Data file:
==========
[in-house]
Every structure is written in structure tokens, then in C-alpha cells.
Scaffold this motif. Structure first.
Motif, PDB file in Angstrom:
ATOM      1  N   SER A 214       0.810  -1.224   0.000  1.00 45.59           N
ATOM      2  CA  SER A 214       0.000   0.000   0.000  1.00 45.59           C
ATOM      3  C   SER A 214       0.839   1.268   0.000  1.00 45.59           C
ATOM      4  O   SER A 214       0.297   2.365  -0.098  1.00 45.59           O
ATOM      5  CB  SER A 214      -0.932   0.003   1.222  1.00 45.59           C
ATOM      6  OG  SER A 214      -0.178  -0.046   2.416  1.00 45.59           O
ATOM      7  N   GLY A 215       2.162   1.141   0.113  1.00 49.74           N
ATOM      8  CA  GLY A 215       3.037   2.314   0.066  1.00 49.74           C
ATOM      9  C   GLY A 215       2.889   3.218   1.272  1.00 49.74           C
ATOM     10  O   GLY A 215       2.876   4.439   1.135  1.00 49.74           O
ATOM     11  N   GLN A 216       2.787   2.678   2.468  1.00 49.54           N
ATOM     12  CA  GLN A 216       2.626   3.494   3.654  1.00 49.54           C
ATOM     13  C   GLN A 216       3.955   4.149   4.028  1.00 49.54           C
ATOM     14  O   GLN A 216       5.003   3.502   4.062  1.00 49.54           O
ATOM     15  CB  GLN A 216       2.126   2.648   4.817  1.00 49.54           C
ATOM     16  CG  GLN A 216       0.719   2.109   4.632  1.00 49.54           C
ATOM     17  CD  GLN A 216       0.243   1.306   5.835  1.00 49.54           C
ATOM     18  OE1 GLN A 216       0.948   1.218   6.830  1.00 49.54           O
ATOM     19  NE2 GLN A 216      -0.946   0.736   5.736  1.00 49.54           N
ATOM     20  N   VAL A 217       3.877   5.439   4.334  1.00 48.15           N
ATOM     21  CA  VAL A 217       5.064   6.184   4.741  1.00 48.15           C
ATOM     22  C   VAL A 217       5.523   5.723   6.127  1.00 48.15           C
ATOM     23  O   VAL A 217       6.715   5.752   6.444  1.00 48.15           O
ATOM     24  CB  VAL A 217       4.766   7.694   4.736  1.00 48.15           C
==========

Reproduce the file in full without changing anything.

[in-house]
Every structure is written in structure tokens, then in C-alpha cells.
Scaffold this motif. Structure first.
Motif, PDB file in Angstrom:
ATOM      1  N   SER A 214       0.810  -1.224   0.000  1.00 45.59           N
ATOM      2  CA  SER A 214       0.000   0.000   0.000  1.00 45.59           C
ATOM      3  C   SER A 214       0.839   1.268   0.000  1.00 45.59           C
ATOM      4  O   SER A 214       0.297   2.365  -0.098  1.00 45.59           O
ATOM      5  CB  SER A 214      -0.932   0.003   1.222  1.00 45.59           C
ATOM      6  OG  SER A 214      -0.178  -0.046   2.416  1.00 45.59           O
ATOM      7  N   GLY A 215       2.162   1.141   0.113  1.00 49.74           N
ATOM      8  CA  GLY A 215       3.037   2.314   0.066  1.00 49.74           C
ATOM      9  C   GLY A 215       2.889   3.218   1.272  1.00 49.74           C
ATOM     10  O   GLY A 215       2.876   4.439   1.135  1.00 49.74           O
ATOM     11  N   GLN A 216       2.787   2.678   2.468  1.00 49.54           N
ATOM     12  CA  GLN A 216       2.626   3.494   3.654  1.00 49.54           C
ATOM     13  C   GLN A 216       3.955   4.149   4.028  1.00 49.54           C
ATOM     14  O   GLN A 216       5.003   3.502   4.062  1.00 49.54           O
ATOM     15  CB  GLN A 216       2.126   2.648   4.817  1.00 49.54           C
ATOM     16  CG  GLN A 216       0.719   2.109   4.632  1.00 49.54           C
ATOM     17  CD  GLN A 216       0.243   1.306   5.835  1.00 49.54           C
ATOM     18  OE1 GLN A 216       0.948   1.218   6.830  1.00 49.54           O
ATOM     19  NE2 GLN A 216      -0.946   0.736   5.736  1.00 49.54           N
ATOM     20  N   VAL A 217       3.877   5.439   4.334  1.00 48.15           N
ATOM     21  CA  VAL A 217       5.064   6.184   4.741  1.00 48.15           C
ATOM     22  C   VAL A 217       5.523   5.723   6.127  1.00 48.15           C
ATOM     23  O   VAL A 217       6.715   5.752   6.444  1.00 48.15           O
ATOM     24  CB  VAL A 217       4.766   7.694   4.736  1.00 48.15           C